George Saunders Author Research, “Sticks” Author Bio, PDF & Google Drive CCSS

Skip the typical George Saunders introduction lecture as you launch a reading of his acclaimed short story “Sticks” – or any of his other works. Instead, empower students to find their own interesting facts about Saunders’ life with this “Author Bio” print/post-and-teach activity. (Want to help your students learn to analyze a piece of short fiction? Click here for my “Sticks” lesson materials.)

This single-page worksheet is a powerful research organizer that’ll get students digging deep into George Saunders’ background.

Please note: This download does NOT include a specific article or links to defined articles. It is an organizer tool for students to use as they conduct their own research. In my experience, students take more ownership of the material when they are the ones to research and discover the elements that make a literary figure’s life fascinating. They’ve seen enough of our introductory slideshows; this time, let your kids do the work and discuss/determine what they think is meaningful about George Saunders’ life.

Here are a few suggested uses for this flexible research tool:

1. Book your school’s computer lab or have students access George Saunders’ biography information on their own devices. Assign students to either work solo or in teams of two. Once the grids are complete, have students share and compare answers in small groups, focusing on the four interesting facts they discovered, the meaningful quote, and the personal/professional obstacle. Then, pull the students into a full-class discussion, having each group present an interesting fact, quote, or obstacle until every team has contributed. No repeats allowed.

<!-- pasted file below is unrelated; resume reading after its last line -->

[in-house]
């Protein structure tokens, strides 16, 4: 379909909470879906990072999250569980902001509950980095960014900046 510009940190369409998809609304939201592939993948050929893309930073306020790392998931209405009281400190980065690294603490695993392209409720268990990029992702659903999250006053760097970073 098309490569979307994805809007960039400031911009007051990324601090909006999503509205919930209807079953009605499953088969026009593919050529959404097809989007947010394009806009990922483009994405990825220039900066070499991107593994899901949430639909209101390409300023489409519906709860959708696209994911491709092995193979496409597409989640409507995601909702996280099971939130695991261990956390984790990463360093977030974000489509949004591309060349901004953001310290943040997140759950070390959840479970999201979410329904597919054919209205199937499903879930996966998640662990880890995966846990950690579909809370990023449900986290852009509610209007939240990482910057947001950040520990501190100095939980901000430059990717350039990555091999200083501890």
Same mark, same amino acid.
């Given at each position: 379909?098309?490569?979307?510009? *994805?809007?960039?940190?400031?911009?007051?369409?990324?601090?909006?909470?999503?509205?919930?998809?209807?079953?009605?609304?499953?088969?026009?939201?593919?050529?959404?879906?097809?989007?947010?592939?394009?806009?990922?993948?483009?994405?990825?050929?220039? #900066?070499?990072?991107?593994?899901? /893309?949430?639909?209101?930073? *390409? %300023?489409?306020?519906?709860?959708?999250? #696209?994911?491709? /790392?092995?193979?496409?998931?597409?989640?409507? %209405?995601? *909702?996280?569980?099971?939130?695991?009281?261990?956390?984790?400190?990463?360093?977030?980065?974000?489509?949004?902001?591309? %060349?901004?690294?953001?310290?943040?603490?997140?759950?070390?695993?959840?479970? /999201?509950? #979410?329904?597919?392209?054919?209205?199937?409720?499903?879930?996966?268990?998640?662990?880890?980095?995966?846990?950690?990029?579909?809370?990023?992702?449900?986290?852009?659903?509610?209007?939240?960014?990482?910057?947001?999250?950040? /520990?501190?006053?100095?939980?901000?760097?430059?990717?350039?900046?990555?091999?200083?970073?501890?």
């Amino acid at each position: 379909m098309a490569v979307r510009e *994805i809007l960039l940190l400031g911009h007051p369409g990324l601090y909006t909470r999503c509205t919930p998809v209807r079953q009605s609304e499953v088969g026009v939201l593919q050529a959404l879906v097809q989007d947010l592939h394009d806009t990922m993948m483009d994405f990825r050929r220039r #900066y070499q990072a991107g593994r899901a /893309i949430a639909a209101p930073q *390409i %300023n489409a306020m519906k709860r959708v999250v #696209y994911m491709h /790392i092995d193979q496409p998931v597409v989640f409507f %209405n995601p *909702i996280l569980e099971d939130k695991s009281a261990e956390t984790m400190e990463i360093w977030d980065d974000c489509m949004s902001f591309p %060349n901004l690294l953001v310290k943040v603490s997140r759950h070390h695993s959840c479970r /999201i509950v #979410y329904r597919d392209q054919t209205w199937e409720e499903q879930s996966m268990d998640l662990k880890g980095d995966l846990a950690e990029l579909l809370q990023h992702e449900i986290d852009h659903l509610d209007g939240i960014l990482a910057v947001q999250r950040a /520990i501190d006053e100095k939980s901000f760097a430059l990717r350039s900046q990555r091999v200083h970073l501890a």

This assignment works great as an “into” activity, but it could also be a “through” activity to add variety to your in-class routine as you work through his longer works. If you’re using this as an “after” activity, during the discussion I would also ask how any of Saunders’ biography elements are reflected in the work your students just read.

2. Assign the worksheet as a traditional homework assignment. Launch the discussion mentioned in #1 at the beginning of the next class period.

3. Use the grid as the beginning assignment to a larger project where students read two or three magazine pieces or short stories by George Saunders. Later, this author study could be turned into a compare/contrast essay or a speech presentation, if you wish to expand the assignment. (Author Bio sheets on a variety of different writers are available in my shop if you want to vary speech topics within one class.)

4. Use as an emergency sub plan.

The image on the student PDF worksheet is slightly ghosted to save printer/copier ink. I encourage students to doodle/shade in that space as they work.

Download includes: 1-page PDF + Google Drive version of student handout

Please note: This item is included in my Short Story Unit Plan for Older Teens. To avoid a double-purchase, please do not buy the item on this page if you also intend to buy the budget-priced short story bundle.

Thanks for stopping by!

Image credit: David Shankbone, WikiMedia CommonsCC BY-SA 3.0